Global Change Seminar Summary: Interpreting the Latest IPCC Assessment Report for the U.S. Southeast

This post was written by 2021-22 Global Change Fellow, Andrew Shannon, summarizing the first in the fall Global Change Seminar series, Demystifying the Recent IPCC Assessment Report and “Code Red” on Climate Change, on October 21, 2021.  The discussion was moderated by Global Change Fellow, Ben Makhlouf. The seminar planning team also included Madeline Anderson, Regina Ayala Chavez, Smitom Borah, and Olakunle Sodiya.

View a recording of the discussion.

Image of presenters in Zoom gallery

Panelists:

  • Susan Joy Hassol, Director, Climate Communication
  • Rebecca Ward, Assistant State Climatologist, North Carolina State Climate Office

In August 2021, the Intergovernmental Panel on Climate Change (IPCC), a body of the United Nations tasked with pushing forward the scientific knowledge of climate change, released the first part of their most recent series of reports, known as the Sixth Assessment Report. This report provides the most up-to-date physical understanding of the Earth’s climate system and climate change science. It is based on the assessment and synthesis of thousands of publications produced by hundreds of authors representing sixty-five countries. António Guterres, UN Secretary-General, described the report as a “code red for humanity,” emphasizing the urgency to reduce carbon emissions as the global mean temperature nears closer to 1.5 °C above the pre-industrial baseline level. This threshold represents the limit to warming established by world leaders as a part of the Paris Agreement to avoid the most catastrophic impacts of climate change. Scientific consensus points to emissions from fossil fuel production and other human activities as the predominant driver of this warming trend, which has posed and will continue to pose problematic and challenging impacts to systems and populations around the globe. In response to the publication of this most recent report, the 2021-2022 cohort of Global Change Fellows from the Southeast Climate Adaptation Science Center organized a virtual presentation, titled “Demystifying the Recent IPCC Assessment Report and ‘Code Red’ on Climate Change,” to discuss the report’s findings and the regional implications for the southeastern United States.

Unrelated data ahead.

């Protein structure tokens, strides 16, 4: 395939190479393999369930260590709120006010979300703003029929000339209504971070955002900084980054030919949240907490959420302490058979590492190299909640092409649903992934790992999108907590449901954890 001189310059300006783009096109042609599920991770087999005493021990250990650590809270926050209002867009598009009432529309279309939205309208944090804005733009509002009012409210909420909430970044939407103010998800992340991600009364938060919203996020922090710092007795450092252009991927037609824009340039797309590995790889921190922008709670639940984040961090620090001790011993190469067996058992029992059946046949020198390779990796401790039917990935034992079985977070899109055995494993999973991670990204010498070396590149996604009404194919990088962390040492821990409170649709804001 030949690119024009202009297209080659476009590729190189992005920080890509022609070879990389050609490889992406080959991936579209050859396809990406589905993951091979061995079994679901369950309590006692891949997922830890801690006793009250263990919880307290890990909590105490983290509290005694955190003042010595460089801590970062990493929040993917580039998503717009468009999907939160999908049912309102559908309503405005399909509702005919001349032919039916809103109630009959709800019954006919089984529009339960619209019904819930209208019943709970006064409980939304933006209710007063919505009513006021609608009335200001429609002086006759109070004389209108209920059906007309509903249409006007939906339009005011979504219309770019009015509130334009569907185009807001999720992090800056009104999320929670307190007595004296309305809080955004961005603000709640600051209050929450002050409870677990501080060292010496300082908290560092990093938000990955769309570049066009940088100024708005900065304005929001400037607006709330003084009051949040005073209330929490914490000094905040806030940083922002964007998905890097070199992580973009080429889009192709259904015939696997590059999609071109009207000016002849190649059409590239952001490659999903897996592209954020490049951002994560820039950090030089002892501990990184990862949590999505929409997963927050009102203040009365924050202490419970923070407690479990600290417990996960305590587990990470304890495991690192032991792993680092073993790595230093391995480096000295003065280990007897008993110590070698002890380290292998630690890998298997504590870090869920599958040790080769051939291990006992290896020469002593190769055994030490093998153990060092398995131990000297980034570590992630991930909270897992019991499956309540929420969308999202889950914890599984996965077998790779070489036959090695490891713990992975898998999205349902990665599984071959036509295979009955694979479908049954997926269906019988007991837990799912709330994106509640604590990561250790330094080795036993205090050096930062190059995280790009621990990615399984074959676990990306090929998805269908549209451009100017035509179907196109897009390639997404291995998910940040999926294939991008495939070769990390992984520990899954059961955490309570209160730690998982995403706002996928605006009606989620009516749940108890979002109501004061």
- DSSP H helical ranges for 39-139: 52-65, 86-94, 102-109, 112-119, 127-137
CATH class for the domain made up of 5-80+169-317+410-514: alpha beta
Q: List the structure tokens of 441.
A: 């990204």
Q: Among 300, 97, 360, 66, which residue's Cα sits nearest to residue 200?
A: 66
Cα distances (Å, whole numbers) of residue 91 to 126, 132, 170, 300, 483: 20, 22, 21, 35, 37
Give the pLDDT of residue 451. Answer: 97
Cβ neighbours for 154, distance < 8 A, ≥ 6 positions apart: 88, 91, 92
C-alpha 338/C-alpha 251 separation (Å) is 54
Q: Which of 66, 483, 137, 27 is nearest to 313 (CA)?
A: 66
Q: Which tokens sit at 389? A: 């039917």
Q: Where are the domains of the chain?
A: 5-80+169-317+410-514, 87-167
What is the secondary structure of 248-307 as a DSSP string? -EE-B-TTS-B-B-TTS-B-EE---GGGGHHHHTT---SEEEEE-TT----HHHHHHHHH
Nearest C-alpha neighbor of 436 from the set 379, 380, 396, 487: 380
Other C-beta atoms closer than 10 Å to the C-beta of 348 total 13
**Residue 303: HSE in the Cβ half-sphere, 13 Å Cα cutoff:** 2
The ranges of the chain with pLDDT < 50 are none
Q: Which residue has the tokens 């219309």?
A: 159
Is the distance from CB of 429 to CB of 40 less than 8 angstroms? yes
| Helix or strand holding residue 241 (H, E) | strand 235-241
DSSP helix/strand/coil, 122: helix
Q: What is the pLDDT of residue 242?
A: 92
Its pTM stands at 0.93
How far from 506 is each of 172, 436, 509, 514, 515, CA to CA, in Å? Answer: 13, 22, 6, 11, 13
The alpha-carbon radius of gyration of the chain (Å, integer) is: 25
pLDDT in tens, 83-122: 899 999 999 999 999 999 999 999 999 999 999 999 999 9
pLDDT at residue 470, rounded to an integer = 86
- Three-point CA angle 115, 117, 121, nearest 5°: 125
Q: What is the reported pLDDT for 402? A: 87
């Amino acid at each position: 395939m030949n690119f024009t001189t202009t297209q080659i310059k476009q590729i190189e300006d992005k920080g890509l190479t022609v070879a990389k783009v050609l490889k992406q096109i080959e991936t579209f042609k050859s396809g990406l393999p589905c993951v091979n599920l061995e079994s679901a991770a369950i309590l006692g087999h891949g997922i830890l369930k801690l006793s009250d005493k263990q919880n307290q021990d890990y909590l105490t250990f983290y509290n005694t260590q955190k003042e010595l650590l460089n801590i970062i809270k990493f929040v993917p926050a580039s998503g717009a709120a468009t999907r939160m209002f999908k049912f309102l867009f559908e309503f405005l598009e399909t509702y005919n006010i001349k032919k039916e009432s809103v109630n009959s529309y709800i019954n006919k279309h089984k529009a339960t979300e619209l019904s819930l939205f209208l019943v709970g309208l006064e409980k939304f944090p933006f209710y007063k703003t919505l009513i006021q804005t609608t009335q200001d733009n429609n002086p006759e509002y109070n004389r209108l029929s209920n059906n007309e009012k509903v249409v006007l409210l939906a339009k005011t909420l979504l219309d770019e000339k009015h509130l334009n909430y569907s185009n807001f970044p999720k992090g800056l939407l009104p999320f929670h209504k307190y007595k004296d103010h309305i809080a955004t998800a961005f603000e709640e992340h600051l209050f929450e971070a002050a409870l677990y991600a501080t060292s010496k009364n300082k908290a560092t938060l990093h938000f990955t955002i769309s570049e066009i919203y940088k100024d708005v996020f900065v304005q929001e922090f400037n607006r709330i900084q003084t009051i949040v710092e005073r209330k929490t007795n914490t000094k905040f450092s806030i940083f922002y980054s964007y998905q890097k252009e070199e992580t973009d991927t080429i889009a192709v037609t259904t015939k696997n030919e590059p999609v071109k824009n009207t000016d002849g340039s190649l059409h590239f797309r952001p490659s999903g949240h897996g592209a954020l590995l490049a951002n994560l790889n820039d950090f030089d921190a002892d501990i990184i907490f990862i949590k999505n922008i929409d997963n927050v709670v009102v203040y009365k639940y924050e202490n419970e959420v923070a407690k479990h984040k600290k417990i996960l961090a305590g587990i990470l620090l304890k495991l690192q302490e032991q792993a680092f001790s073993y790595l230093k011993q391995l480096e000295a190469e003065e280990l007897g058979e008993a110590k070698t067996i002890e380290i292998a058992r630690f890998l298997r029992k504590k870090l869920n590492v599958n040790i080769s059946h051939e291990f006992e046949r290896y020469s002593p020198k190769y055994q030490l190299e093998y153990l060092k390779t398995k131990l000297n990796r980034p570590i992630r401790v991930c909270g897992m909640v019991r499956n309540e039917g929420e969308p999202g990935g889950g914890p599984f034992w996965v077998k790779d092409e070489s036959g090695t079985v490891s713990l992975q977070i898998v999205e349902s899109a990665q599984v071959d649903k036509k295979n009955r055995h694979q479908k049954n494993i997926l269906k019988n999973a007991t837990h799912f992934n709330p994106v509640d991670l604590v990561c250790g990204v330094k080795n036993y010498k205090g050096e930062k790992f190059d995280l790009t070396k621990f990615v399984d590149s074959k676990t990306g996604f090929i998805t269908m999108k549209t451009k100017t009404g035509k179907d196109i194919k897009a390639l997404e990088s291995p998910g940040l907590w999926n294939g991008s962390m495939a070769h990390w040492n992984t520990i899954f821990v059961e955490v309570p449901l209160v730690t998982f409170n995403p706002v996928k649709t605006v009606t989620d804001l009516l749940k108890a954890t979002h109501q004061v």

Susan Joy Hassol spoke as the first presenter. She is a contributing author to the IPCC Sixth Assessment Report and works to help scientists communicate effectively and provide clear information to policymakers and journalists. With her expertise, she boiled the 1300-page technical report down to five key takeaway messages for the audience. First, consensus of scientific review agrees that human activity is the driver of climate change and has widespread and unprecedented impacts in all Earth systems: the atmosphere, oceans, land, cryosphere, and biosphere. Second, these impacts have already exacerbated extreme weather events in all regions of the globe. Third, trends show that the global mean temperature will exceed the 1.5 °C threshold around 2040, which is about a decade earlier than previous projections indicated. Fourth, Susan noted that immediate action today to reduce greenhouse gas emissions can still mitigate the most damaging effects of climate change in the coming decades. These efforts require rapid changes in global energy systems, preservation of forests and other landscapes, and adjustments to industrial agricultural practices. The last takeaway message emphasized that every ton of emissions adds to warming and each increment of warming beyond 1.5 °C contributes to more severe impacts. Susan offered the analogy of driving on a highway – if you miss an exit, like surpassing the 1.5 °C threshold, you get off at the next possible exit. That is, the urgency to curb emissions will continue even if the global mean temperature nears 2 °C or greater above the baseline – every increment matters. Susan noted that this is a critical year and a critical decade for making decisions and taking actions.